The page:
Take the 2-minute tour ×
Stack Overflow is a question and answer site for professional and enthusiast programmers. It's 100% free, no registration required.

How do I import a module(python file) that resides in the parent directory?

Both directories have a init.py file in them but I still cannot import a file from the parent directory?

In this folder layout, Script B is attempting to import Script A:

Folder A:
   Script A:
   Folder B:
     Script B(attempting to import Script A)

The following code in Script B doesn't work:

import ../scriptA.py # I get a compile error saying the "." is invalid
share|improve this question
Not exactly answering your question, but if you run init.py inside Folder A and try and import Folder B or Script B, Script A will be successfully imported inside Script B. –  Michael0x2a Jan 21 '12 at 7:01
@BT: you've omitted the second part of my comment: "[in this case] Ordinary absolute/relative imports are enough" –  J.F. Sebastian Oct 16 '12 at 21:03

3 Answers 3

up vote 1 down vote accepted

You don't import scripts in Python you import modules. Some python modules are also scripts that you can run directly (they do some useful work at a module-level).

In general it is preferable to use absolute imports rather than relative imports.

├── __init__.py
├── moduleA.py
└── subpackage
    ├── __init__.py
    └── moduleB.py

In moduleB:

from toplevel_package import moduleA

If you'd like to run moduleB.py as a script then make sure that parent directory for toplevel_package is in your sys.path.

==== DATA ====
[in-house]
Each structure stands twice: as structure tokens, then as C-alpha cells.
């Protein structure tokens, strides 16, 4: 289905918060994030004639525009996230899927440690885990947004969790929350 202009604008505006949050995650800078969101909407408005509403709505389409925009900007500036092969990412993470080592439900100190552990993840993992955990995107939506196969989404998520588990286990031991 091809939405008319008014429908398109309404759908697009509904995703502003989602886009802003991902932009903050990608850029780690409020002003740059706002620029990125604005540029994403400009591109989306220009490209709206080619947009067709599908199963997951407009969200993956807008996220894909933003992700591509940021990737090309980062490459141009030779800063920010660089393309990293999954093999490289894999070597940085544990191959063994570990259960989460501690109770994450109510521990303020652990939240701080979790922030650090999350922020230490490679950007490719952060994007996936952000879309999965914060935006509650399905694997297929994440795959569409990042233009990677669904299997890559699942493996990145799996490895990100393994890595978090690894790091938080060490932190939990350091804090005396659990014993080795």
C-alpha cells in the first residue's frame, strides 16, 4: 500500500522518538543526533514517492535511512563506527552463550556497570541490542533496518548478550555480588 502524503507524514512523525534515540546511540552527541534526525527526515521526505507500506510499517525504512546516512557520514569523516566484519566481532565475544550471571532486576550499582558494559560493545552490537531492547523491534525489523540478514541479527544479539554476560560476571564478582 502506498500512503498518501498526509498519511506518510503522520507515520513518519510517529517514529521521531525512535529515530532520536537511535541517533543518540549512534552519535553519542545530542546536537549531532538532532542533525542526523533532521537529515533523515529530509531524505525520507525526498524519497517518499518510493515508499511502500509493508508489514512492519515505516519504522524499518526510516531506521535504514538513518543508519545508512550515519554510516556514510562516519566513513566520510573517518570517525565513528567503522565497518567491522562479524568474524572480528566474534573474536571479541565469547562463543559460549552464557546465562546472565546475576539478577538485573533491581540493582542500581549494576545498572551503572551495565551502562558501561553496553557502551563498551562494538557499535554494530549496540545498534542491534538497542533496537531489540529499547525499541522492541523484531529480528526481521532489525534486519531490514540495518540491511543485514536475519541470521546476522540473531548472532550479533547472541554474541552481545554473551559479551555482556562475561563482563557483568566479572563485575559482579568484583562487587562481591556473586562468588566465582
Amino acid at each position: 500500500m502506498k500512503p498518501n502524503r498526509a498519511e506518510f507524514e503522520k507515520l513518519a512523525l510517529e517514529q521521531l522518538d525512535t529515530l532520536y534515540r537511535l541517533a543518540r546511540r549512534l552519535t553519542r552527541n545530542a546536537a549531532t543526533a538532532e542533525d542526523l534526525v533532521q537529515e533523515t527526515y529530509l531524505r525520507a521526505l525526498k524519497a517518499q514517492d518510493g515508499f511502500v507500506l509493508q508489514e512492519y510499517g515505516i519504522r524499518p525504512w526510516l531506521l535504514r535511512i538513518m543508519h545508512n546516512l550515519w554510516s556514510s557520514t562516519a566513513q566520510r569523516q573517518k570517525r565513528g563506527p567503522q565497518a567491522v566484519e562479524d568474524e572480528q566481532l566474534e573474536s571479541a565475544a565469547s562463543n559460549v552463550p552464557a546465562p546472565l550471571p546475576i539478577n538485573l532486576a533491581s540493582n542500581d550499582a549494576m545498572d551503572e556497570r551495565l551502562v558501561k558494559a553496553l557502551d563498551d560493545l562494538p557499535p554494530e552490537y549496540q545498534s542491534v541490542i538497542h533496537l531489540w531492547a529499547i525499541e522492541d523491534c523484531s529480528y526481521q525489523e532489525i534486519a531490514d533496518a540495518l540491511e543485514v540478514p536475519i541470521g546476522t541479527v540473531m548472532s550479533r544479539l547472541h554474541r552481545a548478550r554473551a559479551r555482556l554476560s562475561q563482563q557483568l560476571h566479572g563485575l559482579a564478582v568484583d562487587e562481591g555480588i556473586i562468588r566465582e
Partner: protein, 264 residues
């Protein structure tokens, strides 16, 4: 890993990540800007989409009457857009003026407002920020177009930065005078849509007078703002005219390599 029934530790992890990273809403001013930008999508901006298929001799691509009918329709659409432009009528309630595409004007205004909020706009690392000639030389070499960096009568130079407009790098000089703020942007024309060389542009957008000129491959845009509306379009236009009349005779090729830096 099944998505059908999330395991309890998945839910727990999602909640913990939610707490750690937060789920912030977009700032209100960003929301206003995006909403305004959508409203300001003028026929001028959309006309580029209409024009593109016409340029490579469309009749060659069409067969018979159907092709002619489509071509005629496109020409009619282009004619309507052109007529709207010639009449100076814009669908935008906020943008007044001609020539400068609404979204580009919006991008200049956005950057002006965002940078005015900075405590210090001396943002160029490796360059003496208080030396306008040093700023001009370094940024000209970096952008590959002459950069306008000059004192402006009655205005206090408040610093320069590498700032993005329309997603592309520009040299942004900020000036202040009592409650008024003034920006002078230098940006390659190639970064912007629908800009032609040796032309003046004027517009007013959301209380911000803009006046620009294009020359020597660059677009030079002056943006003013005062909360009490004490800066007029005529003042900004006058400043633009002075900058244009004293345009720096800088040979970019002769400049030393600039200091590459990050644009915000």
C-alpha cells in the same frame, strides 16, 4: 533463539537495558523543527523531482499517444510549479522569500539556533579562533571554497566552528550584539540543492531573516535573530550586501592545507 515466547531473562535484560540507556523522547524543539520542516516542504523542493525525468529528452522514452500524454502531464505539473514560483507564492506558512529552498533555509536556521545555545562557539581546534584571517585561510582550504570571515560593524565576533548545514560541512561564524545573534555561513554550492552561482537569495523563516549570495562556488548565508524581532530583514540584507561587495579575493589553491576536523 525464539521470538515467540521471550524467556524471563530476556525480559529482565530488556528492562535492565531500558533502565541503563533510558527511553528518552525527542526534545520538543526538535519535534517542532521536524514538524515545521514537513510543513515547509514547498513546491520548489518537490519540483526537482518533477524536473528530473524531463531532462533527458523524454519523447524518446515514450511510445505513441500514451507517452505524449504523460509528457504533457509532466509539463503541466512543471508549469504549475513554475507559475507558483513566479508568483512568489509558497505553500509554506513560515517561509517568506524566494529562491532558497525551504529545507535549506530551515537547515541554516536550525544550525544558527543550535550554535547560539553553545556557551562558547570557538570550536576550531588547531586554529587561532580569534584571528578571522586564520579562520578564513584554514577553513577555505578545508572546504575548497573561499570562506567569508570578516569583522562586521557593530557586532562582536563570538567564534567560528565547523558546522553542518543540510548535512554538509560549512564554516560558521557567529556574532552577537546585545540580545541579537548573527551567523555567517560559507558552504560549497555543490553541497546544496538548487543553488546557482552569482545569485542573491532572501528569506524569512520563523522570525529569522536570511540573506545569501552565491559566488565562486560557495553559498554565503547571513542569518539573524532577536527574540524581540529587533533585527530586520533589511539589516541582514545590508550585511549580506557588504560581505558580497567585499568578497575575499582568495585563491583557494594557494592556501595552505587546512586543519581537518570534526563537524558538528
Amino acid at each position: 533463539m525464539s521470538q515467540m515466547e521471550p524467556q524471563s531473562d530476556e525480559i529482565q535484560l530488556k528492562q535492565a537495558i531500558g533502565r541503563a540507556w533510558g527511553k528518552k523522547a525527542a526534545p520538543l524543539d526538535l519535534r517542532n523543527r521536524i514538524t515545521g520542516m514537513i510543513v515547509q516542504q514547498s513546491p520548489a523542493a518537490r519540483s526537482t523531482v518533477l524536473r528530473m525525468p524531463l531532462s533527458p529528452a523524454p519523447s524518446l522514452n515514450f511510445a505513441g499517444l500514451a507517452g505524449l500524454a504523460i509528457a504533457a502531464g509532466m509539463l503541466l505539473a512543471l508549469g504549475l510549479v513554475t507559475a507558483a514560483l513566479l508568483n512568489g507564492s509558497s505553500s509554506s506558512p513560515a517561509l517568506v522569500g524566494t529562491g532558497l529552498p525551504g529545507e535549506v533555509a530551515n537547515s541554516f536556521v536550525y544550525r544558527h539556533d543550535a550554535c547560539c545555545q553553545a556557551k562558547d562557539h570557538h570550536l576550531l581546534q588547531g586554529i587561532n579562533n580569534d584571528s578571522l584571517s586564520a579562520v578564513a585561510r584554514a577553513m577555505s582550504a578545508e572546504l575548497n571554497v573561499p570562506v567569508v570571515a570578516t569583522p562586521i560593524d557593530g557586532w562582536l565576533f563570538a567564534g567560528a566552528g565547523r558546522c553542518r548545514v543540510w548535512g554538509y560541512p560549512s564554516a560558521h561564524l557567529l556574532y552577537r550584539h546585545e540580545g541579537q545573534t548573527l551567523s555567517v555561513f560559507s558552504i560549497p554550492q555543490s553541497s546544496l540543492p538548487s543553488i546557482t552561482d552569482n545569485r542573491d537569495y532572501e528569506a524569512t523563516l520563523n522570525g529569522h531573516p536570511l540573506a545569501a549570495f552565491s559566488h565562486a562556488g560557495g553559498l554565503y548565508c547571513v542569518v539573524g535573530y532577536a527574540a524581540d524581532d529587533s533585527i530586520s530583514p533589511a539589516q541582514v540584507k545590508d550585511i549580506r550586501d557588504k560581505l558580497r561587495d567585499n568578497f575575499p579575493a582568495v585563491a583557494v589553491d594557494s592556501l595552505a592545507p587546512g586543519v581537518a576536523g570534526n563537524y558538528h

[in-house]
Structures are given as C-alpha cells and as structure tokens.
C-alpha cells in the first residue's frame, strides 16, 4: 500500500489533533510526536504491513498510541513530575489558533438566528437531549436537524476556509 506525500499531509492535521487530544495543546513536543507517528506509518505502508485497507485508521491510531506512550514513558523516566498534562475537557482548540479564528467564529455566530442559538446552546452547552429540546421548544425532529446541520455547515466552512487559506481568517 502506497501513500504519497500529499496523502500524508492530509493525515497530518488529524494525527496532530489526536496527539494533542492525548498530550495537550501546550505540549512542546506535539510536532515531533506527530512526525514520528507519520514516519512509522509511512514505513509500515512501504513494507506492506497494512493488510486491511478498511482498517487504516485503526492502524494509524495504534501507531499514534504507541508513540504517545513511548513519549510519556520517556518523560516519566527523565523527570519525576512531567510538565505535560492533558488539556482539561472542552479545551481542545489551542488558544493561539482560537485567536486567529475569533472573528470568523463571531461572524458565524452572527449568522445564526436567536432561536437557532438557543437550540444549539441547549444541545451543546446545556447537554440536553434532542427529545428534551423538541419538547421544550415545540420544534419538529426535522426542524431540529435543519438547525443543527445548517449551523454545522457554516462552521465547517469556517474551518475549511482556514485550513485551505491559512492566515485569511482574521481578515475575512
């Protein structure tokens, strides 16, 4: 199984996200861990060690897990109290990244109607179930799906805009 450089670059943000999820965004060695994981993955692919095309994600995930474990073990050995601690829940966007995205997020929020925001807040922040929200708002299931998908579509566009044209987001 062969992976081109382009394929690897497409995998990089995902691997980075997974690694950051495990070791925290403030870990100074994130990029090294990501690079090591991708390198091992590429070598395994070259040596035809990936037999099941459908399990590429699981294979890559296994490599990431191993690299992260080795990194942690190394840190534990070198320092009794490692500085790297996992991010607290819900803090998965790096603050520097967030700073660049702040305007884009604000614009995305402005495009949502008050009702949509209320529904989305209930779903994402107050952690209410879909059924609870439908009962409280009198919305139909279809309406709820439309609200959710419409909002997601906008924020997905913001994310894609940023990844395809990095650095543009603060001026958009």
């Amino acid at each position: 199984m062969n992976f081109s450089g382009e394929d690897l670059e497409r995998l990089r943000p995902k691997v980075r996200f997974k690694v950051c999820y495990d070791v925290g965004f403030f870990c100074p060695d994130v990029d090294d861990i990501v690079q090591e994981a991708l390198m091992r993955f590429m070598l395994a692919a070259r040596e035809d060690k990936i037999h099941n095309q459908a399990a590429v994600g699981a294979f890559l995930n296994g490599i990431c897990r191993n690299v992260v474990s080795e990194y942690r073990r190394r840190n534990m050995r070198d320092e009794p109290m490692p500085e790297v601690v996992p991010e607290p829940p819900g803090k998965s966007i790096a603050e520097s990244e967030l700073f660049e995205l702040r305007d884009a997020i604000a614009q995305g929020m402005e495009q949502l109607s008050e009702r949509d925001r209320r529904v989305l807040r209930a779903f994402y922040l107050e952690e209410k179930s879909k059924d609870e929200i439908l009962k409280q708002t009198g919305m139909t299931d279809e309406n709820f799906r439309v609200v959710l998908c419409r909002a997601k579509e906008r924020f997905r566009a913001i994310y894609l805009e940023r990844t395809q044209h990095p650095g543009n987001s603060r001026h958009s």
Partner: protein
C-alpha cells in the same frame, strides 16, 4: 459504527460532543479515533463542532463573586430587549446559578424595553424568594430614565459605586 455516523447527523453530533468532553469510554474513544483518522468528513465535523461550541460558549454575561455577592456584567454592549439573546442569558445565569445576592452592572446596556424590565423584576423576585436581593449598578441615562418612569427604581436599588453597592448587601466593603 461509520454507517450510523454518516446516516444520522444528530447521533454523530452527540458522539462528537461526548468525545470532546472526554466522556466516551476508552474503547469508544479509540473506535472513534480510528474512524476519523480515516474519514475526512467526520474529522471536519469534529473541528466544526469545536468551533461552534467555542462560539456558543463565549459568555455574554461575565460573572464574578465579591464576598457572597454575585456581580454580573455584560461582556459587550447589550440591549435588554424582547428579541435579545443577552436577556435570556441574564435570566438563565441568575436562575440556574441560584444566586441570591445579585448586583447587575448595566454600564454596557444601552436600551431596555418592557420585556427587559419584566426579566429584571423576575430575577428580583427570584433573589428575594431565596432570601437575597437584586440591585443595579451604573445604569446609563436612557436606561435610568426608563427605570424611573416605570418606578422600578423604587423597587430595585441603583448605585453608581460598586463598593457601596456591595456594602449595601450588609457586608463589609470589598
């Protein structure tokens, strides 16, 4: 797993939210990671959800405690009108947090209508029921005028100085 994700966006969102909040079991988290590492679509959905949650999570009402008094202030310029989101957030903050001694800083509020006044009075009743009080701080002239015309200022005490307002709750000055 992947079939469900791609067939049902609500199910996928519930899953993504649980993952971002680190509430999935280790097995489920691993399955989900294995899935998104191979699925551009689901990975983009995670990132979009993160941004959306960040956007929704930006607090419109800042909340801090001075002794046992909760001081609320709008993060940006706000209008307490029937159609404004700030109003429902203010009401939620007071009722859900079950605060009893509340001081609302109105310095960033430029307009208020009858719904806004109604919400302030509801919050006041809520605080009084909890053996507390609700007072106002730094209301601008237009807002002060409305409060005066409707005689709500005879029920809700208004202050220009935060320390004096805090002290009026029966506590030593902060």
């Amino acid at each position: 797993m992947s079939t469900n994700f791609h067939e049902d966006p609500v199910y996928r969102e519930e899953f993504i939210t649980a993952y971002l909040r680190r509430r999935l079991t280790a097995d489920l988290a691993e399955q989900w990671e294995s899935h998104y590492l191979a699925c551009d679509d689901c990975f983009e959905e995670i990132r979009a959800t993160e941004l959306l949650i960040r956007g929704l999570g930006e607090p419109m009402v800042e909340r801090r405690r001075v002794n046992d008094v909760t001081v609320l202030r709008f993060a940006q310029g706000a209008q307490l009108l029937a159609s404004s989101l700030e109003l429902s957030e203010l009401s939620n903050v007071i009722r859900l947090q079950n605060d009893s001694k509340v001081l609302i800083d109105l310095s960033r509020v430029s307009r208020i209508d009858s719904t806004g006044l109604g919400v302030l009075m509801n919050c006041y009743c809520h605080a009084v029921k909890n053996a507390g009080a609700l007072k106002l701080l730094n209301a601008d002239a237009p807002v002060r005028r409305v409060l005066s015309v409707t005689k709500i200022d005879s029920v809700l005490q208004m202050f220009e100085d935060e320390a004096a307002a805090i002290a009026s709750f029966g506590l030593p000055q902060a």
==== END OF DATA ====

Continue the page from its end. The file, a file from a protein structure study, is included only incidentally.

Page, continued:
share|improve this answer
And why shouldn't sys path "hacks" be used in this case? Python makes it so hard to do what you want here without them. What exactly is the downside here? –  B T Oct 16 '12 at 0:05
@BT «sys.path.append(path_to_parent)» shouldn't be an answer to how to fix «"import ../scriptA.py # I get a compile error saying the "." is invalid"» question. There are cases where changing sys.path could be useful e.g., if python itself'd done it or a 3-party module that handles all corner cases correctly done it e.g., import autopath; autopath.add_toplevel_to_syspath() that automatically adds parent directory of toplevel_package to sys.path to allow a direct internal module execution as a script (or in a REPL) from any directory without proper PYTHONPATH or (virtualenv) install. –  J.F. Sebastian Oct 16 '12 at 21:02

From the docs:

from .. import scriptA

You can do this in packages, but not in scripts you run directly. From the link above:

Note that both explicit and implicit relative imports are based on the name of the current module. Since the name of the main module is always "__main__", modules intended for use as the main module of a Python application should always use absolute imports.

If you create a script that imports A.B.B, you won't receive the ValueError.

share|improve this answer
"There is an error in your program: Invalid Syntax" –  Jake M Jan 21 '12 at 6:53
I ninja-edited my answer. No need for the yelling... –  Rob Wouters Jan 21 '12 at 6:55
ValueError: Attempted relative import in non-package –  jgritty Jan 21 '12 at 6:57
@jgritty, that's because you're doing it in a script that you're running directly. –  Rob Wouters Jan 21 '12 at 7:12
Yes, you're right. It will work if you call a script that then imports Script B. –  jgritty Jan 21 '12 at 7:23

If you want to run the script directly, you can:

  1. add the FolderA's path to the environment variable-PYTHONPATH

  2. add the path to sys.path in the your script


  import module_you_wanted
share|improve this answer

Your Answer


By posting your answer, you agree to the privacy policy and terms of service.

Not the answer you're looking for? Browse other questions tagged or ask your own question.